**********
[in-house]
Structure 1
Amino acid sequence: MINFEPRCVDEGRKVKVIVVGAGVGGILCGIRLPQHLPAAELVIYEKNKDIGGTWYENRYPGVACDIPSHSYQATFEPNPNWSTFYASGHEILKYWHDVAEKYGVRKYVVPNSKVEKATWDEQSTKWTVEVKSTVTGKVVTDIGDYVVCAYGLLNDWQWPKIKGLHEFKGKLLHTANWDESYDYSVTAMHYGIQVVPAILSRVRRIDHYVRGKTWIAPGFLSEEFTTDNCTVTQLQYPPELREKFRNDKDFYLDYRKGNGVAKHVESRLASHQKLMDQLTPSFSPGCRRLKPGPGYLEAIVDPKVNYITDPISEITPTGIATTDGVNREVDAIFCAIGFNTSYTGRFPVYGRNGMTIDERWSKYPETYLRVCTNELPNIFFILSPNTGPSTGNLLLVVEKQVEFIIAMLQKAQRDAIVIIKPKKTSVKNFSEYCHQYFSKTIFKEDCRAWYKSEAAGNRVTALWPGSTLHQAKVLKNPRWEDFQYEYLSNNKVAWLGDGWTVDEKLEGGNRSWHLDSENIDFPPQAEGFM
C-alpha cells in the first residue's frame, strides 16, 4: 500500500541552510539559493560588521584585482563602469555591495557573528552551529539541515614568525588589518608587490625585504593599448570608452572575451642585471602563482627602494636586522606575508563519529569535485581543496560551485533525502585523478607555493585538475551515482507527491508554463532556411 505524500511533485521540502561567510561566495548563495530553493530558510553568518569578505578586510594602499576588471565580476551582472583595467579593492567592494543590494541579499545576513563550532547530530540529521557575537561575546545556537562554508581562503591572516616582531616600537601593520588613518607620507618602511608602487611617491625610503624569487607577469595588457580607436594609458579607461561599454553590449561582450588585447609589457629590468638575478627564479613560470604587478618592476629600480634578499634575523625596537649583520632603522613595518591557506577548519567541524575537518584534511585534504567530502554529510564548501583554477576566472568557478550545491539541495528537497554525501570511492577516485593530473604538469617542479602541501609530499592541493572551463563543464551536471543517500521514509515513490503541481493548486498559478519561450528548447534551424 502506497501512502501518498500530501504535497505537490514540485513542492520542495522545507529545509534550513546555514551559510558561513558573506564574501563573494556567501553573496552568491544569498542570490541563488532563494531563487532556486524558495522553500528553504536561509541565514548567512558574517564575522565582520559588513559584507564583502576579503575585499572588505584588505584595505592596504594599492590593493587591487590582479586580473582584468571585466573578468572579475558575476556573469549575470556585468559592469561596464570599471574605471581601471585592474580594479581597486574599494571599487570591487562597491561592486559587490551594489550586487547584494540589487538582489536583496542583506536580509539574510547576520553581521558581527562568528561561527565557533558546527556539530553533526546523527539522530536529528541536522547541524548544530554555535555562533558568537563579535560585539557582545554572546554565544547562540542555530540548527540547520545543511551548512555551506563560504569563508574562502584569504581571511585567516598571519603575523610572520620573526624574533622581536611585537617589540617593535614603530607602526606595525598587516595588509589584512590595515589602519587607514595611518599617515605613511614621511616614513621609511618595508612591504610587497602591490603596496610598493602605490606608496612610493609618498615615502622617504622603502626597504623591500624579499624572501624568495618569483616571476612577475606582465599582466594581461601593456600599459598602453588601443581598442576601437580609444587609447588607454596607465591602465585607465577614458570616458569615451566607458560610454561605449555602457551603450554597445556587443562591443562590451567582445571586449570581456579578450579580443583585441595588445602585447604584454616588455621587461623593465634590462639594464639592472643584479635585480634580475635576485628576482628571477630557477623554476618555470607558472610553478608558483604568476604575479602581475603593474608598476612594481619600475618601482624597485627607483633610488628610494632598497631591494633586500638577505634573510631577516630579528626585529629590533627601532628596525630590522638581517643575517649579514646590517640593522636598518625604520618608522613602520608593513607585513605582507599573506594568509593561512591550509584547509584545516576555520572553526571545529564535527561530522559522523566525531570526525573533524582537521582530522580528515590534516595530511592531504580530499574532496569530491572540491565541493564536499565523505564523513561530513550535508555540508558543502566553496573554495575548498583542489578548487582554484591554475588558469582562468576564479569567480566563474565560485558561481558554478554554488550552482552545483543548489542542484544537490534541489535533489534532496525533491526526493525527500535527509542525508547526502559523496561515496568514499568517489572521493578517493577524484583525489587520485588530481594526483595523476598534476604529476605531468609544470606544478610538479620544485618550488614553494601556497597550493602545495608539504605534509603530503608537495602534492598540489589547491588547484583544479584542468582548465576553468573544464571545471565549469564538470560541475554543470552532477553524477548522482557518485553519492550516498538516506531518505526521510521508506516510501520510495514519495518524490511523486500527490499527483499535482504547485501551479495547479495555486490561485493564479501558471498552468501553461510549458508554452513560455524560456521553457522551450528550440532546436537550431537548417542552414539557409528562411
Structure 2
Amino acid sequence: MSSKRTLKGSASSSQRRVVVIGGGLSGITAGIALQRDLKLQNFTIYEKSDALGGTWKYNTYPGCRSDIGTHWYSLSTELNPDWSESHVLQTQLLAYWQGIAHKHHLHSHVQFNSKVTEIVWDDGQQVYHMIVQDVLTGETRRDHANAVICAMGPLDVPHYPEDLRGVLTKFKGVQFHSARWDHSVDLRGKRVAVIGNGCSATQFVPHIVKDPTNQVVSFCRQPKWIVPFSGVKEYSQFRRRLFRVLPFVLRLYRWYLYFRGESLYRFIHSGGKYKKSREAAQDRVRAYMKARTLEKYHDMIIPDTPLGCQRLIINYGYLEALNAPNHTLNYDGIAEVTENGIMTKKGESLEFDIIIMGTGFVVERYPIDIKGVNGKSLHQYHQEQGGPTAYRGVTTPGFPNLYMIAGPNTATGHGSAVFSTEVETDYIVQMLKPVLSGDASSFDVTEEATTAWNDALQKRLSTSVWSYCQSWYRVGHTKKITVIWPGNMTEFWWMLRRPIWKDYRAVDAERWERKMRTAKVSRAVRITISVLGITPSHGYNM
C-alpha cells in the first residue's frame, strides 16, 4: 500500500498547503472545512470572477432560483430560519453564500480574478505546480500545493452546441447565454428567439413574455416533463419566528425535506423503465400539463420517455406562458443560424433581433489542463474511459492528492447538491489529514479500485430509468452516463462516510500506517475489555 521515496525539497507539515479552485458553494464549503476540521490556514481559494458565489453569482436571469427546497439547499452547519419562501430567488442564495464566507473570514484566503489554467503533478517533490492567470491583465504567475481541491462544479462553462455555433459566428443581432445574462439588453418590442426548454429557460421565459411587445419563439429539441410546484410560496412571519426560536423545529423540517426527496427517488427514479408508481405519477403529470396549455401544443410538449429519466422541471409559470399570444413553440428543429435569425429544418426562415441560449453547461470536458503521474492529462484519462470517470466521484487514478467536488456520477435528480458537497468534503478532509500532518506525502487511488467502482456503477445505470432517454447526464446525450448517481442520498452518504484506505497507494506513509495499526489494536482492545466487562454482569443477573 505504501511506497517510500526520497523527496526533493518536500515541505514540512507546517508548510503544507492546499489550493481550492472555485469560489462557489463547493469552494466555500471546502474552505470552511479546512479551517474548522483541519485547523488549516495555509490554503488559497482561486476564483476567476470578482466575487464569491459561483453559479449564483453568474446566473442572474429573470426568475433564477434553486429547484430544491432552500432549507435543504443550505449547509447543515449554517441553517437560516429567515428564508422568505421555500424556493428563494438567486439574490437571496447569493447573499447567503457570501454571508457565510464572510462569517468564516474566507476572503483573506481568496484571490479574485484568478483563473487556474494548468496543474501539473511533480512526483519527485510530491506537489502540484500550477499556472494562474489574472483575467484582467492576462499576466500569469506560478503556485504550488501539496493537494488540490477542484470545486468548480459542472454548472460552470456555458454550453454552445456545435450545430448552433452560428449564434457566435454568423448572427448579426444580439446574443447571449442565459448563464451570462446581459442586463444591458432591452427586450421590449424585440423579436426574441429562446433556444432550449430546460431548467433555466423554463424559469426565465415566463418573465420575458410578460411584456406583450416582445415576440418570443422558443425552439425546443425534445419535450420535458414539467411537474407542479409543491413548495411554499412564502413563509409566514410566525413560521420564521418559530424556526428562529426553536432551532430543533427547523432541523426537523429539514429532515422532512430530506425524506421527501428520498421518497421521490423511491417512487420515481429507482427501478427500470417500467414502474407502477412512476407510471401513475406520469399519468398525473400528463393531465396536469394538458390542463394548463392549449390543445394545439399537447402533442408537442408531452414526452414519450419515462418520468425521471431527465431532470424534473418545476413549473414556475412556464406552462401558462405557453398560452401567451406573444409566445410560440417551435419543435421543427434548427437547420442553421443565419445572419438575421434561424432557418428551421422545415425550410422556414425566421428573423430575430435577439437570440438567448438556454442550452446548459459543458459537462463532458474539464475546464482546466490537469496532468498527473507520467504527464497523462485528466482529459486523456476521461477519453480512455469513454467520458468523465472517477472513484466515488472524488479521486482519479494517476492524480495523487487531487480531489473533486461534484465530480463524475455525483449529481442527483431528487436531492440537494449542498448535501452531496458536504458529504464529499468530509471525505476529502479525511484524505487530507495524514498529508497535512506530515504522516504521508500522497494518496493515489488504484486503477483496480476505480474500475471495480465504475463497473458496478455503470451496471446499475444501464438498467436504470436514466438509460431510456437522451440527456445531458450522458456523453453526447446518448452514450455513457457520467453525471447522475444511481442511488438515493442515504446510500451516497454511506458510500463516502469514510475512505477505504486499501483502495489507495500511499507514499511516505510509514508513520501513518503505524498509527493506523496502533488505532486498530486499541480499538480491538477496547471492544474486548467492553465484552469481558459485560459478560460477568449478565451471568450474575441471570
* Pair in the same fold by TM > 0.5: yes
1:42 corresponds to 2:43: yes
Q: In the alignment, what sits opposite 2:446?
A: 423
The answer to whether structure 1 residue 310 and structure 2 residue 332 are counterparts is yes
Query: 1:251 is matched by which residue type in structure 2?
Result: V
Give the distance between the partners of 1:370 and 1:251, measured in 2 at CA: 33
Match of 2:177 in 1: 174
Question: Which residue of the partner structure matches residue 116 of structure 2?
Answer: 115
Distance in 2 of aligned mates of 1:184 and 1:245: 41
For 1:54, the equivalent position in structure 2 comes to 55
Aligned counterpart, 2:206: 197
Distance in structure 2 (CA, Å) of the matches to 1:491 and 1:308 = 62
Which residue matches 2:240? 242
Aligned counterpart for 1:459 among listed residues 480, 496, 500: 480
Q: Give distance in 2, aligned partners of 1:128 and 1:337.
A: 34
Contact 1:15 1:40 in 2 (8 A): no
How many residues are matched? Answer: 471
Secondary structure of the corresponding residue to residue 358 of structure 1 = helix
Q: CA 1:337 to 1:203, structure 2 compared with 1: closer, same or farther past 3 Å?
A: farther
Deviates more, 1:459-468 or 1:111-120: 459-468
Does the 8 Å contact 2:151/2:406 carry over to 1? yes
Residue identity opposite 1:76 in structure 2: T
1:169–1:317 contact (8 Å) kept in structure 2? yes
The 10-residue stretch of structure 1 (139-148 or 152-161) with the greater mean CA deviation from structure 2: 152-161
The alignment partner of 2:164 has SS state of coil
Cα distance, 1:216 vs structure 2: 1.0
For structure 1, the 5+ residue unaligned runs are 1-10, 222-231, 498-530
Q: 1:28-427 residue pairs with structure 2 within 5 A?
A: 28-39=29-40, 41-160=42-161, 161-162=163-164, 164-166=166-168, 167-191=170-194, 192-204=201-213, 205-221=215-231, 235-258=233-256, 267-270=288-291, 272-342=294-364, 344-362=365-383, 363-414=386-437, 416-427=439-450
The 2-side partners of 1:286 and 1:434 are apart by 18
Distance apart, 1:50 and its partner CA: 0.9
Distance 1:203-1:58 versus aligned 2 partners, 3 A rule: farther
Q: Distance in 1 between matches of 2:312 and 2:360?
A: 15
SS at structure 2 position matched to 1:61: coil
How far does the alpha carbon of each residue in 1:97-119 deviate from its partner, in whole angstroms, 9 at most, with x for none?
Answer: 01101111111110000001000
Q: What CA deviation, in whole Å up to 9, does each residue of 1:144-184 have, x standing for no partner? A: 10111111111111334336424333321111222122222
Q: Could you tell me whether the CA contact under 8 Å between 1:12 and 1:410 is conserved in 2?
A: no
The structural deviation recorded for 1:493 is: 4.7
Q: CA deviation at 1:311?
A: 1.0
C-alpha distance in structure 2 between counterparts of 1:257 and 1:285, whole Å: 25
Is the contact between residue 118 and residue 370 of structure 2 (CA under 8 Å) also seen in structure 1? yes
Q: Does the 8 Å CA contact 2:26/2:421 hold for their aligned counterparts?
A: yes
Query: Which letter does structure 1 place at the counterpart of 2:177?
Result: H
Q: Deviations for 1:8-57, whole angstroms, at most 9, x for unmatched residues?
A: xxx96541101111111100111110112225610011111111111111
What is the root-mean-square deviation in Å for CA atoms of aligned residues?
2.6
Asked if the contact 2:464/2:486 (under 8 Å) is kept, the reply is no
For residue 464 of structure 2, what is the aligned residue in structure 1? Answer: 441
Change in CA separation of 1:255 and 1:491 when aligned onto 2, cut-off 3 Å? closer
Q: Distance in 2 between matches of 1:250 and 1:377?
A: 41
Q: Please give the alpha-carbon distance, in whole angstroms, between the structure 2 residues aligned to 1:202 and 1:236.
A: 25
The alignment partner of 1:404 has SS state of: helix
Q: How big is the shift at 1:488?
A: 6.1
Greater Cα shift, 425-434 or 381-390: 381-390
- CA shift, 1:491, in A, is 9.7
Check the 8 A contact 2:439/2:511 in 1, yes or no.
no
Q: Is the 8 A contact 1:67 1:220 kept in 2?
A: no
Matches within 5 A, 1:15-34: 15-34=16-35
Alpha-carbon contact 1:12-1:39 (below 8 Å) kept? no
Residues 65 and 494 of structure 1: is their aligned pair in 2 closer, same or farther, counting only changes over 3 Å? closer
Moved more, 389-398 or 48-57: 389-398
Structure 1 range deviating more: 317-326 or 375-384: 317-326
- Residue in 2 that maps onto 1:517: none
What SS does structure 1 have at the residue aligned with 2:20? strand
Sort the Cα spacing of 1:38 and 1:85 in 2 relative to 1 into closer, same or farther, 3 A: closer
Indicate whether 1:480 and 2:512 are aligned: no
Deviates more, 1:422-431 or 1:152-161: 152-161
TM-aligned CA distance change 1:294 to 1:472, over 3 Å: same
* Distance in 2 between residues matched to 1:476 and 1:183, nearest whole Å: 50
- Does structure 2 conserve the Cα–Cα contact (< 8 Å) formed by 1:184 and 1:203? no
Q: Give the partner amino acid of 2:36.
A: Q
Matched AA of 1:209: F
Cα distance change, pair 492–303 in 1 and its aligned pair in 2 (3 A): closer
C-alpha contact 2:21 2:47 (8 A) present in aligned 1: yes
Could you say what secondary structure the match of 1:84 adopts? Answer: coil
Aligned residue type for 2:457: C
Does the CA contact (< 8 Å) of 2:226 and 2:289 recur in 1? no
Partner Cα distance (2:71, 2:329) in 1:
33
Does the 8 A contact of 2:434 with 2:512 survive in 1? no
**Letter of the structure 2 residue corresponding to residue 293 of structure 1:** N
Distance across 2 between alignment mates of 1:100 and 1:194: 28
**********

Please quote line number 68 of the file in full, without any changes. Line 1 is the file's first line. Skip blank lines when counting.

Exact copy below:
Change in CA separation of 1:255 and 1:491 when aligned onto 2, cut-off 3 Å? closer